Ewa Gabzdyl, pharmacist and medical advisor to the IBS Network, agrees, adding: “Current evidence suggests that low vitamin D status is common among IBS patients. This merits assessment of vitamin D levels and, if needed, rectifi cation for general health reasons.”

Inflammatory bowel disease

Inflammatory bowel disease (IBD), which includes ulcerative colitis and Crohn’s disease, affects at least one in 250 people in the UK and is increasing in prevalence. Most patients are diagnosed in their teens and twenties and at least 300,000 people are affected in the UK, according to the charity Crohn’s & Colitis UK. Patients with IBD also have an increased risk of bowel cancer.

  • Crohn’s disease
    This condition causes inflammation of the digestive system and can affect any part of the gut. The common signs are diarrhoea and abdominal pain, tiredness, mouth ulcers, loss of appetite, weight loss and anaemia. It affects 115,000 people in the UK. Often inherited, Crohn’s can be triggered by a virus, diet, smoking or stress. Treatment is with medication, surgery or both.
  • Colitis
    This causes inflammation and ulceration of the lining of the large bowel. Symptoms are diarrhoea, cramping pains, tiredness, loss of appetite, weight loss and anaemia. It affects one in 420 in the UK and is usually diagnosed between the ages of 15 and 25.
    Colitis is thought to be caused by genetics, combined with an abnormal reaction of the digestive system to bacteria in the gut and a trigger, such as a virus or infection. It is usually managed with medication.
    People with colitis should be screened for bowel cancer from 10 years after diagnosis and every three to five years thereafter.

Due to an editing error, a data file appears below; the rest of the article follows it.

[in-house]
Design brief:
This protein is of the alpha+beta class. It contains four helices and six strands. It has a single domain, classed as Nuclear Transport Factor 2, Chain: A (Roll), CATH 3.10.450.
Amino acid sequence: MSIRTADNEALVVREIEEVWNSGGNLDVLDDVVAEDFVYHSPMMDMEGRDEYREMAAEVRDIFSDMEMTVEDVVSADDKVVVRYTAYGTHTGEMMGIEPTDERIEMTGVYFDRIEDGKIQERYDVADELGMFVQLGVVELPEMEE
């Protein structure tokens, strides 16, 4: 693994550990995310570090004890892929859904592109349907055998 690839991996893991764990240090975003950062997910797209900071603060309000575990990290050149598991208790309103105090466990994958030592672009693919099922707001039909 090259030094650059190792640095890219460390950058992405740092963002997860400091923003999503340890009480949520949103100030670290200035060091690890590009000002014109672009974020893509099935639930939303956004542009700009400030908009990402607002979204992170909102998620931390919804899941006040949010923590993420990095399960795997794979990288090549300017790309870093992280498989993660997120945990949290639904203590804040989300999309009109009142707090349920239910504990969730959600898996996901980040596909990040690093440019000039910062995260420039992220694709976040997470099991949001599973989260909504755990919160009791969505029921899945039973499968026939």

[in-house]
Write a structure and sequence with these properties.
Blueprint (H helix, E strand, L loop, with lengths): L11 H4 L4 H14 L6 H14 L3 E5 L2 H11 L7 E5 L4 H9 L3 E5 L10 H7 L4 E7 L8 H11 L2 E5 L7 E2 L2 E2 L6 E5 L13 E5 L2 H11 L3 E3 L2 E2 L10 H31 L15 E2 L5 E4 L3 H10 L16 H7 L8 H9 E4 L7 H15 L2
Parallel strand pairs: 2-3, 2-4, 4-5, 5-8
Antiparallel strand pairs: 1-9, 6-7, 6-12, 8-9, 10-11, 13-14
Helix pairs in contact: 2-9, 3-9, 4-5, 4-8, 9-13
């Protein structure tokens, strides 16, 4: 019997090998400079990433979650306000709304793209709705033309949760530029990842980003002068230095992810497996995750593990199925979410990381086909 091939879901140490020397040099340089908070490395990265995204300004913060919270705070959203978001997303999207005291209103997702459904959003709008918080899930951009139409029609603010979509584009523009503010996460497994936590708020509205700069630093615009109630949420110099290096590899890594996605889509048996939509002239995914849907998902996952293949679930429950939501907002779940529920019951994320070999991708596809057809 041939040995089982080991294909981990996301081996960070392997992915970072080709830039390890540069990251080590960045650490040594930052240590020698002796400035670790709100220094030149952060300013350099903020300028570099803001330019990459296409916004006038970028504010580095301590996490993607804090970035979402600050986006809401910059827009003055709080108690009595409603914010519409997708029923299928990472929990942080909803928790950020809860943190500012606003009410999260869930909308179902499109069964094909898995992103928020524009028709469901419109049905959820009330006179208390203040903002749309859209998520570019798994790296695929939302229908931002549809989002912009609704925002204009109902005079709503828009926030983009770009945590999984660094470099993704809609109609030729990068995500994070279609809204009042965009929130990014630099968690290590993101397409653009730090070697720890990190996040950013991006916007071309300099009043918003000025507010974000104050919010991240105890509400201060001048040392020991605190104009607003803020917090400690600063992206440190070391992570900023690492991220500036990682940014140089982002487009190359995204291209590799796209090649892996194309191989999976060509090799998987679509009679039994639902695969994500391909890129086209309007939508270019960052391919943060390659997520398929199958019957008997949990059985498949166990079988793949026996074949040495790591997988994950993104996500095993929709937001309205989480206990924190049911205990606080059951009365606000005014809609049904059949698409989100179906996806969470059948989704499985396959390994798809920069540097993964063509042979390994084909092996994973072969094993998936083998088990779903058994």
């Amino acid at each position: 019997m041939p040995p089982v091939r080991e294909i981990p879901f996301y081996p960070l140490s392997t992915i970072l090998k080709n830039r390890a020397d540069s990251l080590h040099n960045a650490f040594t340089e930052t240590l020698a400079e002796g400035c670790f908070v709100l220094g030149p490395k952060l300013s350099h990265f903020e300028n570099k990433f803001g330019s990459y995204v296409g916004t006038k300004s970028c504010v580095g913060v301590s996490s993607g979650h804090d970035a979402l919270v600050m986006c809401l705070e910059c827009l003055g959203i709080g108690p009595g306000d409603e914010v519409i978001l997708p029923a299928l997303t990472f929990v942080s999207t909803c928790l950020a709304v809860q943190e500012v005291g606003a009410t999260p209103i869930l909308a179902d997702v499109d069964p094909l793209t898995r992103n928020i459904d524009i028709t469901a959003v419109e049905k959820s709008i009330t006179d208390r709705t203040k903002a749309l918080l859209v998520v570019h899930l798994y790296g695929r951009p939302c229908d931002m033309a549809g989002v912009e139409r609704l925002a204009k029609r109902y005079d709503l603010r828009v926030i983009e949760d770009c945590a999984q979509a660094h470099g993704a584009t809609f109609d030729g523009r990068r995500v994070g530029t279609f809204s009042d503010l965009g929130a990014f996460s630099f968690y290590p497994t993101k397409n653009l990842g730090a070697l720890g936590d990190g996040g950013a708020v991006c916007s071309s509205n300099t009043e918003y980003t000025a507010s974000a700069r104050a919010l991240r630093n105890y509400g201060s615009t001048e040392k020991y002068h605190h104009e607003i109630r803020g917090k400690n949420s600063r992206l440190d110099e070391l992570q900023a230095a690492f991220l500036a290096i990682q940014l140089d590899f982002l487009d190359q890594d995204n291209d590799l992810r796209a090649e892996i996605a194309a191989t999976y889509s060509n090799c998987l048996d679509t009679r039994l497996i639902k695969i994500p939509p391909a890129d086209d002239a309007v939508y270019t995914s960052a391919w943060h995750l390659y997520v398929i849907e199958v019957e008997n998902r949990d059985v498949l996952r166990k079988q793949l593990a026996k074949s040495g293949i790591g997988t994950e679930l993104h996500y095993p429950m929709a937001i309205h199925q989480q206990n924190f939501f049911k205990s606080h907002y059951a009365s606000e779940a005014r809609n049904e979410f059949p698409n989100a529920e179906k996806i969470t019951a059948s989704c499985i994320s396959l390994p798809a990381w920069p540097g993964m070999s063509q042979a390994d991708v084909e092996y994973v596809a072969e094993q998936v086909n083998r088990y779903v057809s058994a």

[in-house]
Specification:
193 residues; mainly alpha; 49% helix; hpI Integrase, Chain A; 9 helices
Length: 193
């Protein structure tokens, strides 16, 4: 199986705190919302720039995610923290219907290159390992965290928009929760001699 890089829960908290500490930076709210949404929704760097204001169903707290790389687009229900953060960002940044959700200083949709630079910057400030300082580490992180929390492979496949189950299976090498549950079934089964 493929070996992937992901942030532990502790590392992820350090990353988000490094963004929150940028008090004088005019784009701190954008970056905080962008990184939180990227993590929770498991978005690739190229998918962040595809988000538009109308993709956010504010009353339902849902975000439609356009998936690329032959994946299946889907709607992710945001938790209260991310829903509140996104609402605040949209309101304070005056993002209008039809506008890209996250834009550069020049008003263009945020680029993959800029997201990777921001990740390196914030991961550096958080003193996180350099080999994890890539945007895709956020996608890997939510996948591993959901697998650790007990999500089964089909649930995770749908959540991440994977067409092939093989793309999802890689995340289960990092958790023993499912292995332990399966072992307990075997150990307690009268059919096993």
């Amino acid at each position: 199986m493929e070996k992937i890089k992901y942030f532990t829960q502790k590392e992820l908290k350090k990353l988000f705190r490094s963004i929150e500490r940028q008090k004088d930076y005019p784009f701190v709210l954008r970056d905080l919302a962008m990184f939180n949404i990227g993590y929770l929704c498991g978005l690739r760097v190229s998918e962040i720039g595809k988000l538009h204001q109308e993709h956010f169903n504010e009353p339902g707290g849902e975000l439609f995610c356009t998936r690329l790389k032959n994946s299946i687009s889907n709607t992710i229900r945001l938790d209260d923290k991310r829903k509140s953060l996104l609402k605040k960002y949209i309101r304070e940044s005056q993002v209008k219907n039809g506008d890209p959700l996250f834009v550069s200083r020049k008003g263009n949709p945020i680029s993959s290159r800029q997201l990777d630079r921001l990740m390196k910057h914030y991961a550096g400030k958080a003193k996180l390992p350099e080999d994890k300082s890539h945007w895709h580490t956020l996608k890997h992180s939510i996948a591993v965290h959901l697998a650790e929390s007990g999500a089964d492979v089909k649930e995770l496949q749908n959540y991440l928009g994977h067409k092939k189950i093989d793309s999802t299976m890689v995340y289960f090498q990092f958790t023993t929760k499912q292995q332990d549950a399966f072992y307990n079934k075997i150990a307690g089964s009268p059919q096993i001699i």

Bowel cancer

Bowel cancer is the fourth most common cancer in the UK, with 41,200 people diagnosed each year, according to Bowel Cancer UK. Over 90 per cent are aged over 50, but it can affect people of all ages. Around 16,000 die from the condition every year, making it the second most common cause of cancer death after lung cancer. Symptoms include: 

  • Bleeding from the anus or blood in the stools
  • A persistent change in bowel habit
  • Unexplained weight loss
  • Extreme tiredness
  • Pain or a lump in the tummy.

To reduce their risk of bowel cancer, customers can be advised to:

  • Take regular exercise: 150 minutes of moderate activity each week can cut the risk of bowel cancer by 12 per cent
  • Reduce drinking: some 11 per cent of bowel cancers are linked to alcohol
  • Give up smoking: eight per cent of bowel cancers are linked to smoking
  • Improve diet: limit red meat intake to 500g a week and avoid processed meats altogether. Eat at least 30g of fibre a day and drink plenty of fluids to keep the gut moving
  • Maintain a healthy weight: some 13 per cent of bowel cancer cases are linked to being overweight.

Common conditions


The most common cause of diarrhoea is an infection of the gut – usually gastroenteritis. This can result from eating infected food or, in some countries, drinking infected water. Other less common causes are IBS, medication or ulcerative colitis. The main symptoms are loose stools, cramping pains, a fever and headache.